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Prince Prospero shows his pride by believing that he could, with all his money and vast resources, actually escape death.  He retires, with a thousand of his most hearty friends "to the deep seclusion of one of his castellated abbeys."  He and his courtiers believe they are safe behind the "lofty wall" that encircles the edifice and its iron gates (which they actually weld shut to make it even more secure).  He believes that there is no way in to the abbey and no way out, that not even death will be able to sneak into his presence from the outside.  His proud insistence that money and status will keep him safe from the plague that is decimating his kingdom, that he can drink and revel away from the world in which everyone else must succumb, seems like the ultimate in hubris: overweening pride.  Prince Prospero feels that he is a man apart, that he can decide to escape death.  In the end, he learns that he is wrong.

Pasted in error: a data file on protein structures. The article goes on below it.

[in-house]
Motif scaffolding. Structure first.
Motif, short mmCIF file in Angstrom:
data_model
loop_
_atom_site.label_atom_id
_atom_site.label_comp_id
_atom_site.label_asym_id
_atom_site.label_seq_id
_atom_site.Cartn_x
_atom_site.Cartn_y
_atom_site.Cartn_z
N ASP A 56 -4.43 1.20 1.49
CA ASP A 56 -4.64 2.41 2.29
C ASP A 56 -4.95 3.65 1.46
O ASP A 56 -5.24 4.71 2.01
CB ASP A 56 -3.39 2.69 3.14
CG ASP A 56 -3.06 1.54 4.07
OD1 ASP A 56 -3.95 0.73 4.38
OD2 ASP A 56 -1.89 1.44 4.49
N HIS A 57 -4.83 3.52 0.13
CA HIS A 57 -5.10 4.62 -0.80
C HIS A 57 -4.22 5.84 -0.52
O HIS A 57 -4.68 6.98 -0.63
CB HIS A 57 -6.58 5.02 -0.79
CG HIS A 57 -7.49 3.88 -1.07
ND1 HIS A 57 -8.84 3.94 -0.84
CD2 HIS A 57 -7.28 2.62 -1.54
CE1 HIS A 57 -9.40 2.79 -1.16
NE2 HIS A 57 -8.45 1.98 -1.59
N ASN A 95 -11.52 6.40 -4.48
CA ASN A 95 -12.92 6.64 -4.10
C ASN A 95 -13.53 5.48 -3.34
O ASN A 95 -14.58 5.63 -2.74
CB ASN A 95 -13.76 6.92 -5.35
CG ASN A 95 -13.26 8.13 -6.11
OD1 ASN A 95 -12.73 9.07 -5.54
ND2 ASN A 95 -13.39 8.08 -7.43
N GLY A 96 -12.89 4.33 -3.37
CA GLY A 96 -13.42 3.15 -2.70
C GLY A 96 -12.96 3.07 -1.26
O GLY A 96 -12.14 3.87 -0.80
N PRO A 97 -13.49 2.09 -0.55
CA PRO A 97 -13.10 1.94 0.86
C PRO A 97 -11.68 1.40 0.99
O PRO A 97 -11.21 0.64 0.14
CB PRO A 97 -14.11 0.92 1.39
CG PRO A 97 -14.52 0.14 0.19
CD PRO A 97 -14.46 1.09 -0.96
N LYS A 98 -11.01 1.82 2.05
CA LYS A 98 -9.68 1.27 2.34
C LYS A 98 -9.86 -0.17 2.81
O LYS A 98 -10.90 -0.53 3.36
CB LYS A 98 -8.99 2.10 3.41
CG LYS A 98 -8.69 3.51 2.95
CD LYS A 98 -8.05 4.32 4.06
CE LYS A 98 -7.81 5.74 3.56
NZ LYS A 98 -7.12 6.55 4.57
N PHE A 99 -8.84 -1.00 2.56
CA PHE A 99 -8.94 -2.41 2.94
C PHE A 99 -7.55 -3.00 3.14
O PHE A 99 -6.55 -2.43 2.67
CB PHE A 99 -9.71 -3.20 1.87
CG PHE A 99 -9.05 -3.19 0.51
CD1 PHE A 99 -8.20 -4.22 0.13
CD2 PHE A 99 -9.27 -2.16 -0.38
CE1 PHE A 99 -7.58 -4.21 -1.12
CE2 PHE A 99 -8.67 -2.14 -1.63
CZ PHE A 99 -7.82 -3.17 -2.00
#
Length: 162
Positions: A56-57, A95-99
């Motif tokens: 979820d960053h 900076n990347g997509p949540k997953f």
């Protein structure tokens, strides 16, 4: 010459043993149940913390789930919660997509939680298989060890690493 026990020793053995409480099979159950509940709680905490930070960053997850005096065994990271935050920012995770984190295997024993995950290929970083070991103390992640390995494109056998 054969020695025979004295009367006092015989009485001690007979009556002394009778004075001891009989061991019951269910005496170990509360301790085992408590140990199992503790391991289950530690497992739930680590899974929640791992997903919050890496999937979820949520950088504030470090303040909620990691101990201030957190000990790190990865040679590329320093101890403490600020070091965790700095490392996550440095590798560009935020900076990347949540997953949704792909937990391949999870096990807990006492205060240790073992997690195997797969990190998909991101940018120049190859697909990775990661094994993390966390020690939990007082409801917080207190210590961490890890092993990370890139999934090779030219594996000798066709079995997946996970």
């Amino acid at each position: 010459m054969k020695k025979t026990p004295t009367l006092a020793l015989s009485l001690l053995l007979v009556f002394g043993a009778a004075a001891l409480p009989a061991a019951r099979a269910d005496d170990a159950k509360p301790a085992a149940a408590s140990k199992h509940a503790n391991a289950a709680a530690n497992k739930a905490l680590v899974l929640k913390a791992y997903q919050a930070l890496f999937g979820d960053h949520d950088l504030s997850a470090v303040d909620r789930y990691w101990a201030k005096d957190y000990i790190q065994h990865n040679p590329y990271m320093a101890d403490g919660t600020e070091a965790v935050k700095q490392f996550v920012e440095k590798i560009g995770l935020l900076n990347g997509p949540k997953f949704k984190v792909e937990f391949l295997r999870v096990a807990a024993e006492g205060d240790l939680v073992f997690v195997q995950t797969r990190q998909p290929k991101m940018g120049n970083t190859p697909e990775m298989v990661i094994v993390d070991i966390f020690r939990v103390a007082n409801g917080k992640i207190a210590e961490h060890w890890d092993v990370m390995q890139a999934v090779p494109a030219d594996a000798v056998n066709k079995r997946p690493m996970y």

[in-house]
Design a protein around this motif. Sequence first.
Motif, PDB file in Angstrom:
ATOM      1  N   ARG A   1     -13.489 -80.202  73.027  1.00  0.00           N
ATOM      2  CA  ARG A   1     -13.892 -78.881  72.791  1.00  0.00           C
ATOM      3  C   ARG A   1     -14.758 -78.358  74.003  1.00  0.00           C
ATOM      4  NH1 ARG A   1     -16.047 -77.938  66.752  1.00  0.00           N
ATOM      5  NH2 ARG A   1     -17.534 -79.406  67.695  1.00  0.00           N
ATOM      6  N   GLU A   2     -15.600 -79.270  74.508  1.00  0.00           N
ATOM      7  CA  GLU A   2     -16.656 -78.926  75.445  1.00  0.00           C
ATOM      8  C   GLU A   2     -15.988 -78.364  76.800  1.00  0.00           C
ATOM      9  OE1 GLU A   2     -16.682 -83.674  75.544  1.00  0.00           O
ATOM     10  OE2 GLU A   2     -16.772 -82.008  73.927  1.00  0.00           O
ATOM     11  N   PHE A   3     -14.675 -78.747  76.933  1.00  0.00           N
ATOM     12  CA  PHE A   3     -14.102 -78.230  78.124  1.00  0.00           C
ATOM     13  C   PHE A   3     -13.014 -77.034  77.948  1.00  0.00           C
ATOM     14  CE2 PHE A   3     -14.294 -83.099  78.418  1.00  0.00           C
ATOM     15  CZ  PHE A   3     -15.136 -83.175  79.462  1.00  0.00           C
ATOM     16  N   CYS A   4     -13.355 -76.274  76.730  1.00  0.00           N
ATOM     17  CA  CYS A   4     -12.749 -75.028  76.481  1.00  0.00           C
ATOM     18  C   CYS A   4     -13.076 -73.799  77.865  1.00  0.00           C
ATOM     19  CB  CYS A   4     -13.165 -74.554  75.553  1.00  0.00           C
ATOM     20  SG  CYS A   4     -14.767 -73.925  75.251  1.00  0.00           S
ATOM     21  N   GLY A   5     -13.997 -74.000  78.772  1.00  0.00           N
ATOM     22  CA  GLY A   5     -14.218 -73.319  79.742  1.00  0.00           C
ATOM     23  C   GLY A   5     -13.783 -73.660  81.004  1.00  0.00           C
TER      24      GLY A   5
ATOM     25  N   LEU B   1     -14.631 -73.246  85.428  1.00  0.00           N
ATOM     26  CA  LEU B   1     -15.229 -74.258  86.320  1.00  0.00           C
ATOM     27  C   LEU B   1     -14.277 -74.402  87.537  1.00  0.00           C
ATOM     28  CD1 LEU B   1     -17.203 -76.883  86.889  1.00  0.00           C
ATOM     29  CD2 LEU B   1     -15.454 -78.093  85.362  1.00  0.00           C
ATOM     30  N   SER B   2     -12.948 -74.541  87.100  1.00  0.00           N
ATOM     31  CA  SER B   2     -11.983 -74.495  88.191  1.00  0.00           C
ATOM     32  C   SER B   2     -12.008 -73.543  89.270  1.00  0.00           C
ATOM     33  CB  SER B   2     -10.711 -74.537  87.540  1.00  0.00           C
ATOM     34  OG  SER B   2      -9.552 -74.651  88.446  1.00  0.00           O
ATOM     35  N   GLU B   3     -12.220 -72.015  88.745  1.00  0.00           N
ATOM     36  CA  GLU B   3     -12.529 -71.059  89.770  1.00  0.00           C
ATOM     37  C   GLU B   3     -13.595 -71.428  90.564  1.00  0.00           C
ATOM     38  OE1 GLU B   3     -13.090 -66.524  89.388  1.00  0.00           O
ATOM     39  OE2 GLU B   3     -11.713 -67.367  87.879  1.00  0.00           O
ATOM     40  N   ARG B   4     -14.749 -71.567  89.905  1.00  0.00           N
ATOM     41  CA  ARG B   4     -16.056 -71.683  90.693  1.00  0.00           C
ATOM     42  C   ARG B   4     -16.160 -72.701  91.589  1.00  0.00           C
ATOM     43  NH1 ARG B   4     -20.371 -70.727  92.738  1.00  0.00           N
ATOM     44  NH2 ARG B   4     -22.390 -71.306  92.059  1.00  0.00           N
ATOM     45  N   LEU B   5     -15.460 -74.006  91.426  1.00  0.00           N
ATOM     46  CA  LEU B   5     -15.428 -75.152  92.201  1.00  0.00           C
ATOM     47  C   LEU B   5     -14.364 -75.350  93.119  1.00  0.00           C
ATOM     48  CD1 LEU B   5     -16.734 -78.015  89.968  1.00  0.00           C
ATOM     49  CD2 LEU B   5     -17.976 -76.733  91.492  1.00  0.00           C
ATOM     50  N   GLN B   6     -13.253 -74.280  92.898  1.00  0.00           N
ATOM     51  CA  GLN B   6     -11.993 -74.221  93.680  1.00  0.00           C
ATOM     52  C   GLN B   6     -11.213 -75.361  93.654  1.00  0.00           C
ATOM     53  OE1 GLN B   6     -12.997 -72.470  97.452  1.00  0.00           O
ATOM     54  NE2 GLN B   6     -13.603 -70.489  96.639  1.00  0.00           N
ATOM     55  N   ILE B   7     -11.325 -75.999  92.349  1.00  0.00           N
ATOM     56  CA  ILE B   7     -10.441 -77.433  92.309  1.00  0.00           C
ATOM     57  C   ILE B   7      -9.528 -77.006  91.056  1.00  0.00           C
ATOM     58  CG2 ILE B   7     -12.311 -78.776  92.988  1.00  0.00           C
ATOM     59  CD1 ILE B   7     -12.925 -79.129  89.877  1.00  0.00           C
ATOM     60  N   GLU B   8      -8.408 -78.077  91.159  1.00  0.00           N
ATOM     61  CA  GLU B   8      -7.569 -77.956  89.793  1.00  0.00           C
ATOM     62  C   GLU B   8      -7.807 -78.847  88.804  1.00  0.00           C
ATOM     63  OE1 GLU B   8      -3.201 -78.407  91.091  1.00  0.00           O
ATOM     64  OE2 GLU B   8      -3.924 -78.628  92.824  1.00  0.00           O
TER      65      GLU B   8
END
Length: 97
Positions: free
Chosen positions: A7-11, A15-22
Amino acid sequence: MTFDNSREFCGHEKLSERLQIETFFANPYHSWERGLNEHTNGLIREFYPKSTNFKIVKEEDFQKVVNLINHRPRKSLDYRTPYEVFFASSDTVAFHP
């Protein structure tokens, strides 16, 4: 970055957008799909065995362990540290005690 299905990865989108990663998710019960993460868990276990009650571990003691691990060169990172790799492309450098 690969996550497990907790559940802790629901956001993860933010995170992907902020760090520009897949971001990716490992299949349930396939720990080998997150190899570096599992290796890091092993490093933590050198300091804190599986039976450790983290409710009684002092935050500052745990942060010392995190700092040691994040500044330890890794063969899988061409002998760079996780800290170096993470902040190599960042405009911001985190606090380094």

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The Masque of the Red Death

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